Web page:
FTSE lower ahead of key G20 meetings

Nervousness is building about the outcome of the meeting between the US and Chinese presidents at the G20 summit this weekend and the market is becoming less and less convinced that the heads of the world’s two largest economies will find some middle ground.

Nervousness is building about the outcome of the meeting between the US and Chinese presidents at the G20 summit this weekend and the market is becoming less and less convinced that the heads of the world’s two largest economies will find some middle ground.

European gauges are lower across the board, positioning themselves for a negative outcome in the talks. In London, mining companies in particular are bearing the brunt of those concerns.

Trump and his counterpart Xi Jinping will sit down for a working dinner on Saturday evening where the agenda will cover a much broader scope of issues than trade. The US grievances remain not only over the imbalance in trade but also intellectual property theft and the forced transfer of technology. While China will want to come some way towards the US it will be keen to avoid US dissatisfaction spilling into other sensitive areas such as Taiwan and key shipping lanes in the South China Sea. Some comments from US insiders have indicated that the country is preparing terms that China may find hard to swallow, making hopes of a deal fade.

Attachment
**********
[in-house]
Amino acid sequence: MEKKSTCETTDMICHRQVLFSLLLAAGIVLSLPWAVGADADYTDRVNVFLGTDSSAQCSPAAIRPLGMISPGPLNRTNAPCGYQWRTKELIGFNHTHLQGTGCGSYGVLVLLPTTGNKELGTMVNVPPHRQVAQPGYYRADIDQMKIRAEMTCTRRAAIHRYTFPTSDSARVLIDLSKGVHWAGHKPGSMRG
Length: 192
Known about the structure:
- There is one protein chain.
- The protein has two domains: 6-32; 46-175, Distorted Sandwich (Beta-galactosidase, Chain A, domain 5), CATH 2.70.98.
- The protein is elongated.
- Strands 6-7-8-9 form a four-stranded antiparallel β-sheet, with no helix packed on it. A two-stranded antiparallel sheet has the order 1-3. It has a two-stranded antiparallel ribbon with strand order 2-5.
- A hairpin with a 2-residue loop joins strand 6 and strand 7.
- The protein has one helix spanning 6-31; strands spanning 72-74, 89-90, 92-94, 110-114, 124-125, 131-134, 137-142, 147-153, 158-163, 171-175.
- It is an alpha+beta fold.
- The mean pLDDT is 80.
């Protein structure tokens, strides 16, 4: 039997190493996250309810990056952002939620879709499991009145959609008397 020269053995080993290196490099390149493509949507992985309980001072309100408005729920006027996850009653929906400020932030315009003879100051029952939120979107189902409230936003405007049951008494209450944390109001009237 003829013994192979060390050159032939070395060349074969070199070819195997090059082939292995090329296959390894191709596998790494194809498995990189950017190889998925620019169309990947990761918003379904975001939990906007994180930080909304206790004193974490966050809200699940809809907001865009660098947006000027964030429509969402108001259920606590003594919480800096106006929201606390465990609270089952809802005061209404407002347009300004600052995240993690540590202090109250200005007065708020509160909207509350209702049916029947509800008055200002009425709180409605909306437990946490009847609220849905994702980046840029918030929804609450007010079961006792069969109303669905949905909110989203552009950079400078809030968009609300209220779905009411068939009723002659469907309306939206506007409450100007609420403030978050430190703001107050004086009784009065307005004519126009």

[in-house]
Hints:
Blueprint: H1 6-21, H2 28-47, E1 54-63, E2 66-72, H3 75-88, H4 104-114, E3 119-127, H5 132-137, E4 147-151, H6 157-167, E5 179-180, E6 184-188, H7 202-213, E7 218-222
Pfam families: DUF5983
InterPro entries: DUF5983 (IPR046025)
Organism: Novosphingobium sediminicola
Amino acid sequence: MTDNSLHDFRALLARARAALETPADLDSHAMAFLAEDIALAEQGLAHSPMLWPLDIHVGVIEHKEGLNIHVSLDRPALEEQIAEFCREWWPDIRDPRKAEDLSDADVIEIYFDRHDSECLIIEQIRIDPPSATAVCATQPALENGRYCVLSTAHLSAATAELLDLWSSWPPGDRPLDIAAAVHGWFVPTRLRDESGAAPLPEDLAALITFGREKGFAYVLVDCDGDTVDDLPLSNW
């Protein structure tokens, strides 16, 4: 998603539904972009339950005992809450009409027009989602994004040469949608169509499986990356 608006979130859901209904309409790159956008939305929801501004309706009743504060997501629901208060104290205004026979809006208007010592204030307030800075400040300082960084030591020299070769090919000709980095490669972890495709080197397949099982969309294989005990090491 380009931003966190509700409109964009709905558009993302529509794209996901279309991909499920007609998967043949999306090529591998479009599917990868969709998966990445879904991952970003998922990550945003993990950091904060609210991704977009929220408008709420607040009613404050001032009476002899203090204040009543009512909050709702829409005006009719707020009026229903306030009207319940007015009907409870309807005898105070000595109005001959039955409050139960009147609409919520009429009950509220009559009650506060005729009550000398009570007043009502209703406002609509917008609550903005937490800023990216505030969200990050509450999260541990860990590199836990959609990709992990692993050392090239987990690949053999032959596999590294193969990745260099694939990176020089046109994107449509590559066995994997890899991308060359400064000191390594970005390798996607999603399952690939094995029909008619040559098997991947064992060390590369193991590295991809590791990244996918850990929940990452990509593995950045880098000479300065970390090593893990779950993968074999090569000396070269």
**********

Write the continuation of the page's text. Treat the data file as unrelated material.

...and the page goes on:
But also worrying for the market is the fact that China’s manufacturing sector is now teetering on the point of contraction and is just about unchanged from the previous month. Mining companies, oils, agriculture and big industrials all dread this outcome as for many China is their biggest market.

Brent climbs back over $60

Brent crude is trading above the key $60 mark again as traders are building up hopes that Russia and OPEC will reach a deal to cut production ahead of the oil cartel’s meeting in Vienna next week. While Russia seems willing to come some way towards OPEC it is clear that it isn’t prepared to cut output to the point where it starts hurting its income, particularly after a similar agreement in 2016 left the country with the notion that it was losing out on revenue to other OPEC members. President Putin has already said that he is content with oil prices being around $60 implying that if Russia does agree to a cut it will likely be relatively small and potentially slow in being implemented. The Vienna meeting will make clear how much other oil producers are happy to scale back to protect higher prices.

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